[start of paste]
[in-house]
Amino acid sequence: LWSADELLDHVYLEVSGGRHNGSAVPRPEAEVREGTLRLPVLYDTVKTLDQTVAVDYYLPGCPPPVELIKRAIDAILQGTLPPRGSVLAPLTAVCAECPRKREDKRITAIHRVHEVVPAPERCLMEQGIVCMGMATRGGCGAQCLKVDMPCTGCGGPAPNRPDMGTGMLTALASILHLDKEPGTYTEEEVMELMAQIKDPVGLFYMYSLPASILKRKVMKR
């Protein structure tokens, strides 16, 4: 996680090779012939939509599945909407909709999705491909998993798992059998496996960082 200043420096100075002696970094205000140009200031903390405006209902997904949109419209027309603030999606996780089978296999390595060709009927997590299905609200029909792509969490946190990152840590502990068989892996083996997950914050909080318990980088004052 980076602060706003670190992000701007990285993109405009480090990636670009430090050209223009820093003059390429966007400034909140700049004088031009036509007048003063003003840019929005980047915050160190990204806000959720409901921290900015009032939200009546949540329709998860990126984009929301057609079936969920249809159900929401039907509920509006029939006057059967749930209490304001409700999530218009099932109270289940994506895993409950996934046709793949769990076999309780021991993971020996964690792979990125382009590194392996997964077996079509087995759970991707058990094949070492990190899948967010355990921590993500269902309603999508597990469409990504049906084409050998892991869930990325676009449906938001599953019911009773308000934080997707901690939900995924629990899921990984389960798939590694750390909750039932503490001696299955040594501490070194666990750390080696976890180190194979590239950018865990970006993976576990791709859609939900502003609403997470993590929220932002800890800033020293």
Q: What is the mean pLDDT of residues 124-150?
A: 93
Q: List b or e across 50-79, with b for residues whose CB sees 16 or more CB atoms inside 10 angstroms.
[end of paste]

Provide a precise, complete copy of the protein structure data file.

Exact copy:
[in-house]
Amino acid sequence: LWSADELLDHVYLEVSGGRHNGSAVPRPEAEVREGTLRLPVLYDTVKTLDQTVAVDYYLPGCPPPVELIKRAIDAILQGTLPPRGSVLAPLTAVCAECPRKREDKRITAIHRVHEVVPAPERCLMEQGIVCMGMATRGGCGAQCLKVDMPCTGCGGPAPNRPDMGTGMLTALASILHLDKEPGTYTEEEVMELMAQIKDPVGLFYMYSLPASILKRKVMKR
């Protein structure tokens, strides 16, 4: 996680090779012939939509599945909407909709999705491909998993798992059998496996960082 200043420096100075002696970094205000140009200031903390405006209902997904949109419209027309603030999606996780089978296999390595060709009927997590299905609200029909792509969490946190990152840590502990068989892996083996997950914050909080318990980088004052 980076602060706003670190992000701007990285993109405009480090990636670009430090050209223009820093003059390429966007400034909140700049004088031009036509007048003063003003840019929005980047915050160190990204806000959720409901921290900015009032939200009546949540329709998860990126984009929301057609079936969920249809159900929401039907509920509006029939006057059967749930209490304001409700999530218009099932109270289940994506895993409950996934046709793949769990076999309780021991993971020996964690792979990125382009590194392996997964077996079509087995759970991707058990094949070492990190899948967010355990921590993500269902309603999508597990469409990504049906084409050998892991869930990325676009449906938001599953019911009773308000934080997707901690939900995924629990899921990984389960798939590694750390909750039932503490001696299955040594501490070194666990750390080696976890180190194979590239950018865990970006993976576990791709859609939900502003609403997470993590929220932002800890800033020293």
Q: What is the mean pLDDT of residues 124-150?
A: 93
Q: List b or e across 50-79, with b for residues whose CB sees 16 or more CB atoms inside 10 angstroms.